Congressional Committee Takes Testimony at UW-Parkside on Educational Pathways

Apr. 11, 2022 9p

(WGTD)---A Racine woman who changed careers in the middle of the pandemic after losing her food service job spoke at a congressional hearing held at UW-Parkside Monday afternoon.

The House Select Committee on Economic Disparity and Fairness in Growth has been traveling the country as it explores education-related paths that lead to the American dream.

57-year-old Sherry Carrion was one of about 160 students who enrolled in an SC Johnson-funded program at Gateway called “HOPE”—that’s an acronym for Highly-Skilled Occupations for Professional Employment. The key ingredient was that virtually all of each student’s education-related expenses—not just tuition—were covered.

After losing her food service job, Carrion earned a nursing assistant certificate and is now employed full time as a care giver. “I’m so grateful,” she said. “I don’t know what I would have done.”

CNA’s at the company she works for make up to $18 an hour. She had been working part-time without a certificate when her manager told her about the HOPE program. “If it wasn’t for my office manager, I’m not really sure I would’ve known.”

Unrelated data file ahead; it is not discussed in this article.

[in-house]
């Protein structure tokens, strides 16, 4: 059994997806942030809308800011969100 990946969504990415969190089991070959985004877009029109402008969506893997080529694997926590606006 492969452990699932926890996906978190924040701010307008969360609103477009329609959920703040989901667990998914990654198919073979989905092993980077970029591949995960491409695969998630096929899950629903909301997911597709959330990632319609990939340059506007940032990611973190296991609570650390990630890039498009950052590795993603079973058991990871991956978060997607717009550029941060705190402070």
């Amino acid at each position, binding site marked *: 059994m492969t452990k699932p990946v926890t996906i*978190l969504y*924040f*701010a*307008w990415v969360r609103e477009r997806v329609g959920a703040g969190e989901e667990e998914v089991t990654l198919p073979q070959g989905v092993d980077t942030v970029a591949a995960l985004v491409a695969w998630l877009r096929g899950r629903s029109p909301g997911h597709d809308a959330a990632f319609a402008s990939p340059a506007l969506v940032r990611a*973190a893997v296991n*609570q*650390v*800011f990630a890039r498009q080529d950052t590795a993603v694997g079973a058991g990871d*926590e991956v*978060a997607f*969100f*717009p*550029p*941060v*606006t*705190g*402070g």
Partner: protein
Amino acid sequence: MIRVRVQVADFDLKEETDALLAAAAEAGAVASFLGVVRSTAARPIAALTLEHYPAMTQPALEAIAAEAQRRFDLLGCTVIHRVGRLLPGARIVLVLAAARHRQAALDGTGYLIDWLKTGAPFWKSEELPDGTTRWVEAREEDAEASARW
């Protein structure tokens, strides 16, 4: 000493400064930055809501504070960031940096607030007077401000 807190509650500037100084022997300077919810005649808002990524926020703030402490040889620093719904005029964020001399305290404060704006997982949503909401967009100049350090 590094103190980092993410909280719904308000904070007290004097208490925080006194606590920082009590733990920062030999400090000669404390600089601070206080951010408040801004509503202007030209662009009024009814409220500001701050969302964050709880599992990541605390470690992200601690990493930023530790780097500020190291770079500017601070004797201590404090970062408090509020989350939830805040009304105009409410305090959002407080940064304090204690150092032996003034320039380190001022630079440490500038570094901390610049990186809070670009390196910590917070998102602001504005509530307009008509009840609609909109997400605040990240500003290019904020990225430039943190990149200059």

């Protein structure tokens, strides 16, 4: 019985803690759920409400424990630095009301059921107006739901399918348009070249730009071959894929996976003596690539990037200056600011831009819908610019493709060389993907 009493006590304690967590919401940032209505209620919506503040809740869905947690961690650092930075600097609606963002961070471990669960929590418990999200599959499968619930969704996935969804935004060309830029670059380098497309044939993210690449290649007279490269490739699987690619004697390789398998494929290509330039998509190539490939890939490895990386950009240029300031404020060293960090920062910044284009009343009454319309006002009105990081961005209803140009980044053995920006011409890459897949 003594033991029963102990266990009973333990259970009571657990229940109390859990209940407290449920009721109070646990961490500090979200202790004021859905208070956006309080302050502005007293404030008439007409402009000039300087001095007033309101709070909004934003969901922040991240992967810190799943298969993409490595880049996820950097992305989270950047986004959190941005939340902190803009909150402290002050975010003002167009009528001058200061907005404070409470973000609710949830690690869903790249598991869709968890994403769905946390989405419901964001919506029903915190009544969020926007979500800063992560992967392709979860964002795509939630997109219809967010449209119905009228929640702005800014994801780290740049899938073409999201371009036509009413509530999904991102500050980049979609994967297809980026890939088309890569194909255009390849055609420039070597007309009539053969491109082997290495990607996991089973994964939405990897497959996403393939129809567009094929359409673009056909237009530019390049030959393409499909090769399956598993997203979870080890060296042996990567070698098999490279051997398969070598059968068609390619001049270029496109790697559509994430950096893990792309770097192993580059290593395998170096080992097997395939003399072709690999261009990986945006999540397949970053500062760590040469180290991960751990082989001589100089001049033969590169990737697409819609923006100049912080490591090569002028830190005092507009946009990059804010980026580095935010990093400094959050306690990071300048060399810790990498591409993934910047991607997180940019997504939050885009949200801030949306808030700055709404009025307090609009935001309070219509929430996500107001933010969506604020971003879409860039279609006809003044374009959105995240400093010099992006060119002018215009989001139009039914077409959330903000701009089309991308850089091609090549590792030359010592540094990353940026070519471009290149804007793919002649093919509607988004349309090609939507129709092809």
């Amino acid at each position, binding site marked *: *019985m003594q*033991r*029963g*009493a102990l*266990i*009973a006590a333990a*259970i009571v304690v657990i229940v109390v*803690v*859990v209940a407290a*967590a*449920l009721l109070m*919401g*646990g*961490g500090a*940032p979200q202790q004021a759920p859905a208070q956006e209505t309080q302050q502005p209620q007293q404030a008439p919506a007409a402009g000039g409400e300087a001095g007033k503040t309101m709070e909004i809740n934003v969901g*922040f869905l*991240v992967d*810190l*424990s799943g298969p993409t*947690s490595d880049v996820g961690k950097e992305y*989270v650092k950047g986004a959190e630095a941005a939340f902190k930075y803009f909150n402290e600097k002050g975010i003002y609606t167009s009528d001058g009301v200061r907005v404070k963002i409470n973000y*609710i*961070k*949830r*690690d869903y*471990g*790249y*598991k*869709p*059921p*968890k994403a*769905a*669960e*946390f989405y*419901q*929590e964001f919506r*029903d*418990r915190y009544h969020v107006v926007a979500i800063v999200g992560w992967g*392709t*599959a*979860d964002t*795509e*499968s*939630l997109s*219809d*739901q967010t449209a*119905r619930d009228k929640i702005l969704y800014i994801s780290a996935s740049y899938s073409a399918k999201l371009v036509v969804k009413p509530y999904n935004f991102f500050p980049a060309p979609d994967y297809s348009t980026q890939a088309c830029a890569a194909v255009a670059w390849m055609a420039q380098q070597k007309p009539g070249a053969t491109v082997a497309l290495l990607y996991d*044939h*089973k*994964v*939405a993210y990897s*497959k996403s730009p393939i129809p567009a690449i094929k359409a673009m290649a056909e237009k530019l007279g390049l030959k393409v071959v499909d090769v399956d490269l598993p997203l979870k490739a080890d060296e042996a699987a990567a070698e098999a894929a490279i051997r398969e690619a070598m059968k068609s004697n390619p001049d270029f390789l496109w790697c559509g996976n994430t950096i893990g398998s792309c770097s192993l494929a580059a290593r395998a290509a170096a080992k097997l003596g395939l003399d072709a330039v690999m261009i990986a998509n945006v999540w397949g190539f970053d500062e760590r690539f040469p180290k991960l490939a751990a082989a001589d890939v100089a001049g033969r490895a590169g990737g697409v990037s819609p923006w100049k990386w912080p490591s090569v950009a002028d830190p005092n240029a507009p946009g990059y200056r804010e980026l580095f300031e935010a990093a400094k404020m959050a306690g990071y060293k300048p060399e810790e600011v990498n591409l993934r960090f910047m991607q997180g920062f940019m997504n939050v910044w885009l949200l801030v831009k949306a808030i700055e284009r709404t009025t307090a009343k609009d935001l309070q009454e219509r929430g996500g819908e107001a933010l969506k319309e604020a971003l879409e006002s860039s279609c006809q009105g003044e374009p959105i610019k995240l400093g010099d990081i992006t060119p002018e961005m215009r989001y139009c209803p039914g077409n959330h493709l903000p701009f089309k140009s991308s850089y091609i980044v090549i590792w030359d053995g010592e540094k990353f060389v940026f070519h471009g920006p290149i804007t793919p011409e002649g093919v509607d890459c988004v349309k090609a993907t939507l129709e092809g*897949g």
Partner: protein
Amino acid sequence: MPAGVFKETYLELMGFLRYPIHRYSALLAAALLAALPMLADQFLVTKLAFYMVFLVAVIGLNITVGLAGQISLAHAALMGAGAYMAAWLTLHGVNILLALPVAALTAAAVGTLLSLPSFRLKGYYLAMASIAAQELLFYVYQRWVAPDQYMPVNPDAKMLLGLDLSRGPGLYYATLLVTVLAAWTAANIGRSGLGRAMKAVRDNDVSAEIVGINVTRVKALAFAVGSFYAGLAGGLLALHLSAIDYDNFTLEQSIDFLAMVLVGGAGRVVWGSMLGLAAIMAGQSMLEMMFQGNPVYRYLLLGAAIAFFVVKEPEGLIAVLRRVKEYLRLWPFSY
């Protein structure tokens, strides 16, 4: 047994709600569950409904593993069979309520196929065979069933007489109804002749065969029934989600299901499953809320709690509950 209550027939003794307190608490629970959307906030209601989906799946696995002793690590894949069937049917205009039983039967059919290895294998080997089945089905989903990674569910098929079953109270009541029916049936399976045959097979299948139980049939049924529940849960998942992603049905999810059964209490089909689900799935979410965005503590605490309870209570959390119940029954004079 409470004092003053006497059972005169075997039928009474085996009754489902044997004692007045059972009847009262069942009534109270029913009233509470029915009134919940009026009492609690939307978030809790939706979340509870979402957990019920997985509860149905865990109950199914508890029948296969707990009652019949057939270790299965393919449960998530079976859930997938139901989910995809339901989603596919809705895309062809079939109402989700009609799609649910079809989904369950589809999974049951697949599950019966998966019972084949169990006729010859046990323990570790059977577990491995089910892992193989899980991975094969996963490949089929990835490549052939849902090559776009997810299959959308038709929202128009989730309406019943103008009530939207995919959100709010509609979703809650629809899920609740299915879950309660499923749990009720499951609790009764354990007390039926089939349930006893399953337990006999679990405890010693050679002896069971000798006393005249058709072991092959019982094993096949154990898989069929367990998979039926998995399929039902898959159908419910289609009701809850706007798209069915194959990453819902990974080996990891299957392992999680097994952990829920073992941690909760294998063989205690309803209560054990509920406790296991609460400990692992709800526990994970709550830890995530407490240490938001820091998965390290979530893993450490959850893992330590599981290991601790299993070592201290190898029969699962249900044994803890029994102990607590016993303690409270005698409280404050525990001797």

Also testifying Monday was Gateway President Bryan Albrecht who said many other opportunities exist for people who may not necessarily know about them. A two-year nursing degree can get you an annual starting salary of $60,000 while a degree in advanced manufacturing is worth between $50,000 and $55,000 to start, he said.

Parkside Chancellor Debbie Ford suggested that not all students can be expected to learn at the same pace. “Many of our students today are not on a traditional path. So they are balancing family and workforce responsibilities. We need to recognize that they have a lot of competing priorities in their lives,” she said.

Albrecht urged more federal support for counseling services. “Investment in mental health at the college level would be very much appreciated and I think would add value to the decision-making that our students have to face as they go through some very difficult challenges,” he said.

In a brief interview afterward, Congressman Brian Steil said he’d like to see an even greater integration between colleges and K-12 schools and work places in a bid to reduce the skills mismatch. Steil of Janesville and Rep. Gwen Moore of Milwaukee both sit on the committee and were present for Monday's hearing. 

The House committee has been touring the country, examining various approaches to preparing workers for the changing economy.